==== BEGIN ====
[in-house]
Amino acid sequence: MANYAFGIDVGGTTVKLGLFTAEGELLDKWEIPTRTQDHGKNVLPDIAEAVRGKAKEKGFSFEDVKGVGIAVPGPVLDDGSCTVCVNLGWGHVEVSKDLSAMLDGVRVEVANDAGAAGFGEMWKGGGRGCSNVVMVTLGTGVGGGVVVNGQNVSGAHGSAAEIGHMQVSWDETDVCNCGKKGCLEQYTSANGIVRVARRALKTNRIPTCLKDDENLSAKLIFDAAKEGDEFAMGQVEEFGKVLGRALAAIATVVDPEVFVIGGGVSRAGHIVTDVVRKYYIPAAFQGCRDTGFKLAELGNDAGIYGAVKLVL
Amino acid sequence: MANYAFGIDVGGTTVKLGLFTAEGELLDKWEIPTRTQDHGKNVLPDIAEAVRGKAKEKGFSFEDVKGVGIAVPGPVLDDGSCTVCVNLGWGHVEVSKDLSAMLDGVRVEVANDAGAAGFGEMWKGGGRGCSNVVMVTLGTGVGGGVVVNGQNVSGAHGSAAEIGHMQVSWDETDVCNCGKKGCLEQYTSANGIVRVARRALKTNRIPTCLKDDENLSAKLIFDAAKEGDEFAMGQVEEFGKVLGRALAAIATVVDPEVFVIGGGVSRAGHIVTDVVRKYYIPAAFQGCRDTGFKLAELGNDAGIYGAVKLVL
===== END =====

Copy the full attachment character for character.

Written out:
[in-house]
Amino acid sequence: MANYAFGIDVGGTTVKLGLFTAEGELLDKWEIPTRTQDHGKNVLPDIAEAVRGKAKEKGFSFEDVKGVGIAVPGPVLDDGSCTVCVNLGWGHVEVSKDLSAMLDGVRVEVANDAGAAGFGEMWKGGGRGCSNVVMVTLGTGVGGGVVVNGQNVSGAHGSAAEIGHMQVSWDETDVCNCGKKGCLEQYTSANGIVRVARRALKTNRIPTCLKDDENLSAKLIFDAAKEGDEFAMGQVEEFGKVLGRALAAIATVVDPEVFVIGGGVSRAGHIVTDVVRKYYIPAAFQGCRDTGFKLAELGNDAGIYGAVKLVL
Amino acid sequence: MANYAFGIDVGGTTVKLGLFTAEGELLDKWEIPTRTQDHGKNVLPDIAEAVRGKAKEKGFSFEDVKGVGIAVPGPVLDDGSCTVCVNLGWGHVEVSKDLSAMLDGVRVEVANDAGAAGFGEMWKGGGRGCSNVVMVTLGTGVGGGVVVNGQNVSGAHGSAAEIGHMQVSWDETDVCNCGKKGCLEQYTSANGIVRVARRALKTNRIPTCLKDDENLSAKLIFDAAKEGDEFAMGQVEEFGKVLGRALAAIATVVDPEVFVIGGGVSRAGHIVTDVVRKYYIPAAFQGCRDTGFKLAELGNDAGIYGAVKLVL